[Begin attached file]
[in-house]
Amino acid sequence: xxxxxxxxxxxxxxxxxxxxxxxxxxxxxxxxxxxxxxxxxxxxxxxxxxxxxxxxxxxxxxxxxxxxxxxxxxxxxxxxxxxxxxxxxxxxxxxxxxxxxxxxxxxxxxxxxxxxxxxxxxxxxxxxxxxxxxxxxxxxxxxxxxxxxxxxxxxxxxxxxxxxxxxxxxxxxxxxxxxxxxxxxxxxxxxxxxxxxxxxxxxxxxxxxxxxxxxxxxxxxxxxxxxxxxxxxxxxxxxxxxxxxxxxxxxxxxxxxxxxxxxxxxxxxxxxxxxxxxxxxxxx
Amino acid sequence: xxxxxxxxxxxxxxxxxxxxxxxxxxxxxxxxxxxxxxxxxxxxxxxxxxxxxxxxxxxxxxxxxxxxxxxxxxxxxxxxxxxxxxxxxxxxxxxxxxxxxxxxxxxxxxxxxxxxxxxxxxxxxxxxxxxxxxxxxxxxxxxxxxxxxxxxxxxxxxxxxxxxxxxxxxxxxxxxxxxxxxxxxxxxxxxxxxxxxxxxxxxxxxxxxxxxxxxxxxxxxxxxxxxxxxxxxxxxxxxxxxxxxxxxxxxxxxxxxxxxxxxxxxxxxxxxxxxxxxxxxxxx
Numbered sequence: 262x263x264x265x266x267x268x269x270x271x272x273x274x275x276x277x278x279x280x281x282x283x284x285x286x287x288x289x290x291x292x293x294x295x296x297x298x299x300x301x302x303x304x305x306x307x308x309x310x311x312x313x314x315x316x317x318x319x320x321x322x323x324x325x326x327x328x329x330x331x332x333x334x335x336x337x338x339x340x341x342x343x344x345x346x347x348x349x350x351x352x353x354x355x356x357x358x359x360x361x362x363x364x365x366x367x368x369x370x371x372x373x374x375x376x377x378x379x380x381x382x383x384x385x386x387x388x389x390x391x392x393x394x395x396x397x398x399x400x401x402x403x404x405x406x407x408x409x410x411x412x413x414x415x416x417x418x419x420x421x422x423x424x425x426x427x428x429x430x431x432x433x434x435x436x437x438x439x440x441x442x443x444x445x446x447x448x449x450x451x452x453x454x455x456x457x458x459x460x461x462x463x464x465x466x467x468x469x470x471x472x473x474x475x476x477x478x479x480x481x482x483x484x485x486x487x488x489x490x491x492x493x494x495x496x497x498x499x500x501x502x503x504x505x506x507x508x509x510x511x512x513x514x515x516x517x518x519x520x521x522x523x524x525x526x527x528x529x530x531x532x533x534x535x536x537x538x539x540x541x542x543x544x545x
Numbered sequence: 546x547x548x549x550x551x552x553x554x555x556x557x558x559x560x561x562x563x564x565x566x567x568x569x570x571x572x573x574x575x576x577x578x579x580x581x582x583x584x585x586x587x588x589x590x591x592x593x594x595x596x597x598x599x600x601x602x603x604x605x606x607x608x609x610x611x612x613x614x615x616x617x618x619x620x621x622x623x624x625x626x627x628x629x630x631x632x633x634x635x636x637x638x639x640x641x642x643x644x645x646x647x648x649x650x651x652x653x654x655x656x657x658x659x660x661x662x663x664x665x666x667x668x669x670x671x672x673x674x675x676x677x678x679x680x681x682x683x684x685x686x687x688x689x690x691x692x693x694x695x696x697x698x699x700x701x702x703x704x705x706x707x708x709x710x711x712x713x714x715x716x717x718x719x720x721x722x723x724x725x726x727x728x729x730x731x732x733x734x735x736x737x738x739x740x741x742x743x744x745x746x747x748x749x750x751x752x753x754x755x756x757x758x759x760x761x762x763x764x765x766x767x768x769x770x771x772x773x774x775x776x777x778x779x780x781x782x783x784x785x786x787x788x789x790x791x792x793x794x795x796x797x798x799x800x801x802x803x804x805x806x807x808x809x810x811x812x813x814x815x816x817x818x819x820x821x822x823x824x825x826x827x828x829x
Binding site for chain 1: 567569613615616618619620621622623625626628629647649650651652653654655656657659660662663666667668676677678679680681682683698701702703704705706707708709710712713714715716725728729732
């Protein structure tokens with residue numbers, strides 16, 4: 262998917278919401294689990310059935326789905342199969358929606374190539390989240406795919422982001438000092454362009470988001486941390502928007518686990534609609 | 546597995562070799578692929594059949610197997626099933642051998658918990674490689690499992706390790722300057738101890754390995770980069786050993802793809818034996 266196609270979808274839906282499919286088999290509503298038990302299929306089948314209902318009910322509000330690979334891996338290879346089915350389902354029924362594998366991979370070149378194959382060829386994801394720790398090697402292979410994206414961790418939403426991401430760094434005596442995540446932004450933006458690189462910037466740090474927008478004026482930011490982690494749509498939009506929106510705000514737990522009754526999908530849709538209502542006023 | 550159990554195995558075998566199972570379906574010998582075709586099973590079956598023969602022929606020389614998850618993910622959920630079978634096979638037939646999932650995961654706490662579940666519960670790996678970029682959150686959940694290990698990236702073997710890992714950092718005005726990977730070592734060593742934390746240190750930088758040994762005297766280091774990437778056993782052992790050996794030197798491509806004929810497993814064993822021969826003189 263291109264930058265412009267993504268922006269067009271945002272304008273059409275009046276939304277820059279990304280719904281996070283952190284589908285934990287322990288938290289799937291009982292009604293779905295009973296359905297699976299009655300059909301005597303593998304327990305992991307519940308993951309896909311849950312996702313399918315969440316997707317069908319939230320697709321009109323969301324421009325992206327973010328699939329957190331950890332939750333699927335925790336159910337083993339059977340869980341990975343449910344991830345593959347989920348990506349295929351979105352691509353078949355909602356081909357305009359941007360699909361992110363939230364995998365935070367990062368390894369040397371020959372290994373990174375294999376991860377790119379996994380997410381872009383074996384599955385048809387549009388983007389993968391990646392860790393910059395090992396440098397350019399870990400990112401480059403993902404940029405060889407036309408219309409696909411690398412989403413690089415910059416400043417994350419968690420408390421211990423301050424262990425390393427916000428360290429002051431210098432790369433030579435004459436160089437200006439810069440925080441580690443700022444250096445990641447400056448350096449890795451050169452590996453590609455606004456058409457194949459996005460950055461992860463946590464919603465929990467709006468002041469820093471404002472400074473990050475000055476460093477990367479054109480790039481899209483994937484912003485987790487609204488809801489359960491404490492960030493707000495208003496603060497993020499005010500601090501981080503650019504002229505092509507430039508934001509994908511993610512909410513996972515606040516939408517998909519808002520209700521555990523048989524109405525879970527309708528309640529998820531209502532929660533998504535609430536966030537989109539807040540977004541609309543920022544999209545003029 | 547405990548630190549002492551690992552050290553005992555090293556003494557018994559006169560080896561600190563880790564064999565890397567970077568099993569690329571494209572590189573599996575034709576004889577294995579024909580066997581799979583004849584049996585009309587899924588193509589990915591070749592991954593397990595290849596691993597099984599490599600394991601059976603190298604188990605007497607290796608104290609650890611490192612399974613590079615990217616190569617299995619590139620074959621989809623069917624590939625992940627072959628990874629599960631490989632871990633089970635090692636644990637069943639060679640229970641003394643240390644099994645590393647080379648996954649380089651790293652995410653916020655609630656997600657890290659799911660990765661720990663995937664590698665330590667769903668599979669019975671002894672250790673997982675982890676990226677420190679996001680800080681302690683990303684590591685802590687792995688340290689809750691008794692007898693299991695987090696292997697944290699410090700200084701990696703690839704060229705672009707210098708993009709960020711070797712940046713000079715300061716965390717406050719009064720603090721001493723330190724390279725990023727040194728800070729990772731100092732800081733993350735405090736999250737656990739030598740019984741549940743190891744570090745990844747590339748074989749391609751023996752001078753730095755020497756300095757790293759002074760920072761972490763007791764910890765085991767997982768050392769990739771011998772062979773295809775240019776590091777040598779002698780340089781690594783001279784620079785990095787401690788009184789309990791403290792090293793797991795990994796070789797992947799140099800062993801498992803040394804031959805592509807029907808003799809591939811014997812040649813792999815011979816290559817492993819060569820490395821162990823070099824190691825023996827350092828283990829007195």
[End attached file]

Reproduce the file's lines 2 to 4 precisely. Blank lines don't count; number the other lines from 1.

Amino acid sequence: xxxxxxxxxxxxxxxxxxxxxxxxxxxxxxxxxxxxxxxxxxxxxxxxxxxxxxxxxxxxxxxxxxxxxxxxxxxxxxxxxxxxxxxxxxxxxxxxxxxxxxxxxxxxxxxxxxxxxxxxxxxxxxxxxxxxxxxxxxxxxxxxxxxxxxxxxxxxxxxxxxxxxxxxxxxxxxxxxxxxxxxxxxxxxxxxxxxxxxxxxxxxxxxxxxxxxxxxxxxxxxxxxxxxxxxxxxxxxxxxxxxxxxxxxxxxxxxxxxxxxxxxxxxxxxxxxxxxxxxxxxxx
Amino acid sequence: xxxxxxxxxxxxxxxxxxxxxxxxxxxxxxxxxxxxxxxxxxxxxxxxxxxxxxxxxxxxxxxxxxxxxxxxxxxxxxxxxxxxxxxxxxxxxxxxxxxxxxxxxxxxxxxxxxxxxxxxxxxxxxxxxxxxxxxxxxxxxxxxxxxxxxxxxxxxxxxxxxxxxxxxxxxxxxxxxxxxxxxxxxxxxxxxxxxxxxxxxxxxxxxxxxxxxxxxxxxxxxxxxxxxxxxxxxxxxxxxxxxxxxxxxxxxxxxxxxxxxxxxxxxxxxxxxxxxxxxxxxxx
Numbered sequence: 262x263x264x265x266x267x268x269x270x271x272x273x274x275x276x277x278x279x280x281x282x283x284x285x286x287x288x289x290x291x292x293x294x295x296x297x298x299x300x301x302x303x304x305x306x307x308x309x310x311x312x313x314x315x316x317x318x319x320x321x322x323x324x325x326x327x328x329x330x331x332x333x334x335x336x337x338x339x340x341x342x343x344x345x346x347x348x349x350x351x352x353x354x355x356x357x358x359x360x361x362x363x364x365x366x367x368x369x370x371x372x373x374x375x376x377x378x379x380x381x382x383x384x385x386x387x388x389x390x391x392x393x394x395x396x397x398x399x400x401x402x403x404x405x406x407x408x409x410x411x412x413x414x415x416x417x418x419x420x421x422x423x424x425x426x427x428x429x430x431x432x433x434x435x436x437x438x439x440x441x442x443x444x445x446x447x448x449x450x451x452x453x454x455x456x457x458x459x460x461x462x463x464x465x466x467x468x469x470x471x472x473x474x475x476x477x478x479x480x481x482x483x484x485x486x487x488x489x490x491x492x493x494x495x496x497x498x499x500x501x502x503x504x505x506x507x508x509x510x511x512x513x514x515x516x517x518x519x520x521x522x523x524x525x526x527x528x529x530x531x532x533x534x535x536x537x538x539x540x541x542x543x544x545x